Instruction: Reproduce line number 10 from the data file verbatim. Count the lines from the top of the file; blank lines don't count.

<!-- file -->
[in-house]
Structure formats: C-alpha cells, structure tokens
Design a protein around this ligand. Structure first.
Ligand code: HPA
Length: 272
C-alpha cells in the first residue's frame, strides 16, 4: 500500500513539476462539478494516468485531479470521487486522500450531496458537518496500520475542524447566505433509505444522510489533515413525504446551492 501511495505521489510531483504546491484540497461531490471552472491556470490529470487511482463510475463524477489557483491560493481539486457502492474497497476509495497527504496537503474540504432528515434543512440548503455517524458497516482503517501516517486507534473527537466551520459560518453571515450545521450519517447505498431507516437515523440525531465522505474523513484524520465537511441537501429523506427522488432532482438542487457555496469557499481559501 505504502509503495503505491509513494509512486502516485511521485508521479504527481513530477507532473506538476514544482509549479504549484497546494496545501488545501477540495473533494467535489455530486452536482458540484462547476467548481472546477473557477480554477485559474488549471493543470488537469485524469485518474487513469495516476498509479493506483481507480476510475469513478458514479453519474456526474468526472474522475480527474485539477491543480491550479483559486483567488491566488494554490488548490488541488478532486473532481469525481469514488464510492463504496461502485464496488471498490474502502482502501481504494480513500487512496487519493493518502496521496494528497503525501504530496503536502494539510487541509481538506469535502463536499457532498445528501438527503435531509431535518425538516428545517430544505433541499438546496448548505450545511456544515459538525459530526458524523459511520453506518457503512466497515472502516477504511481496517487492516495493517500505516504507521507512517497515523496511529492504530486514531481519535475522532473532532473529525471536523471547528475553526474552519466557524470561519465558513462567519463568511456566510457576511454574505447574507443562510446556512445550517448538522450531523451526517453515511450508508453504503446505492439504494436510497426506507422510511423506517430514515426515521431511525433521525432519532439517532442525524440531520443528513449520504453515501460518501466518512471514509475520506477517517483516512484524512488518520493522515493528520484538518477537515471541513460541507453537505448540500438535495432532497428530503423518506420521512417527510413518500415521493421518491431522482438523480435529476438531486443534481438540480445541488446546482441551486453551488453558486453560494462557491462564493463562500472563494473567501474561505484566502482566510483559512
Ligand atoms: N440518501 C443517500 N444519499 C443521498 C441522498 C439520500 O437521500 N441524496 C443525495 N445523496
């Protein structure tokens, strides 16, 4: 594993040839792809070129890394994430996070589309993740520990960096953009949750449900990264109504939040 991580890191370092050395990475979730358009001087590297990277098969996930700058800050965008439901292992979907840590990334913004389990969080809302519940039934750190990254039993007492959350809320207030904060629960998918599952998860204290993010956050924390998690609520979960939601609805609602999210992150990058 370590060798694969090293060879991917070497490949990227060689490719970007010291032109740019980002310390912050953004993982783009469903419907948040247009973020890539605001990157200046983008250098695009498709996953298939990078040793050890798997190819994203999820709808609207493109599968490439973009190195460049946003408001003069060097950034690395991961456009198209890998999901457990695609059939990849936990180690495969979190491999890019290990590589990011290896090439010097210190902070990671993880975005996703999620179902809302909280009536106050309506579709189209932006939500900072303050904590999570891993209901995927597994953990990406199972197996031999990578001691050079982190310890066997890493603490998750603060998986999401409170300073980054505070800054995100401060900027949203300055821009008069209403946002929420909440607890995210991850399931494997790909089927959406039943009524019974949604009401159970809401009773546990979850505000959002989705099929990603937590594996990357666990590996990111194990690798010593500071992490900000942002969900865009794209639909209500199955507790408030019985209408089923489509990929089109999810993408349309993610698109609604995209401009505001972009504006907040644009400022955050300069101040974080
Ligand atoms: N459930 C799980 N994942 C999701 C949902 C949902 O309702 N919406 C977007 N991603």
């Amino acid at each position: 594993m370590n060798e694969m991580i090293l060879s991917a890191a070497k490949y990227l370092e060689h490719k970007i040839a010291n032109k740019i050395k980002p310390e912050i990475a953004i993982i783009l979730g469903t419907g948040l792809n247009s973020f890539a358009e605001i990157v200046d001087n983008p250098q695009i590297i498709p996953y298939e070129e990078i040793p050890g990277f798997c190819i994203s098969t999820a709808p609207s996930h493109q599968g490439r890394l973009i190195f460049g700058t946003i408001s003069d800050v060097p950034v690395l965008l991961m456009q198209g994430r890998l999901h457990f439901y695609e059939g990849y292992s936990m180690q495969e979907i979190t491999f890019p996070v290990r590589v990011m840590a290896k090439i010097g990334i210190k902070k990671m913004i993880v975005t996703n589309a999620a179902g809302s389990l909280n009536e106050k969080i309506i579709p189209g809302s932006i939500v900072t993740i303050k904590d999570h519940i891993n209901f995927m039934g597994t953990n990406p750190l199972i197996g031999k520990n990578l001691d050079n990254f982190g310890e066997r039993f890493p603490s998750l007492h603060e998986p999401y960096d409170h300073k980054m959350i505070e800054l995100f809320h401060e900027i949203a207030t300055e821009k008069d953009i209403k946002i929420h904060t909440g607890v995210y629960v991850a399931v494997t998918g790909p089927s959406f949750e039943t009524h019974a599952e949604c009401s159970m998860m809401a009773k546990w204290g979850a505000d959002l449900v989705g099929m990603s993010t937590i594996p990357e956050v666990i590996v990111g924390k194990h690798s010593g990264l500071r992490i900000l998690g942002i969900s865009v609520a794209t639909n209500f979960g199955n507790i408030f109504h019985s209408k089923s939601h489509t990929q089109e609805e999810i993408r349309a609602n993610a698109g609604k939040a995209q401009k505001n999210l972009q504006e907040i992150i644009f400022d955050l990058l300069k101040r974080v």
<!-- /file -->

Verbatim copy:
């Amino acid at each position: 594993m370590n060798e694969m991580i090293l060879s991917a890191a070497k490949y990227l370092e060689h490719k970007i040839a010291n032109k740019i050395k980002p310390e912050i990475a953004i993982i783009l979730g469903t419907g948040l792809n247009s973020f890539a358009e605001i990157v200046d001087n983008p250098q695009i590297i498709p996953y298939e070129e990078i040793p050890g990277f798997c190819i994203s098969t999820a709808p609207s996930h493109q599968g490439r890394l973009i190195f460049g700058t946003i408001s003069d800050v060097p950034v690395l965008l991961m456009q198209g994430r890998l999901h457990f439901y695609e059939g990849y292992s936990m180690q495969e979907i979190t491999f890019p996070v290990r590589v990011m840590a290896k090439i010097g990334i210190k902070k990671m913004i993880v975005t996703n589309a999620a179902g809302s389990l909280n009536e106050k969080i309506i579709p189209g809302s932006i939500v900072t993740i303050k904590d999570h519940i891993n209901f995927m039934g597994t953990n990406p750190l199972i197996g031999k520990n990578l001691d050079n990254f982190g310890e066997r039993f890493p603490s998750l007492h603060e998986p999401y960096d409170h300073k980054m959350i505070e800054l995100f809320h401060e900027i949203a207030t300055e821009k008069d953009i209403k946002i929420h904060t909440g607890v995210y629960v991850a399931v494997t998918g790909p089927s959406f949750e039943t009524h019974a599952e949604c009401s159970m998860m809401a009773k546990w204290g979850a505000d959002l449900v989705g099929m990603s993010t937590i594996p990357e956050v666990i590996v990111g924390k194990h690798s010593g990264l500071r992490i900000l998690g942002i969900s865009v609520a794209t639909n209500f979960g199955n507790i408030f109504h019985s209408k089923s939601h489509t990929q089109e609805e999810i993408r349309a609602n993610a698109g609604k939040a995209q401009k505001n999210l972009q504006e907040i992150i644009f400022d955050l990058l300069k101040r974080v």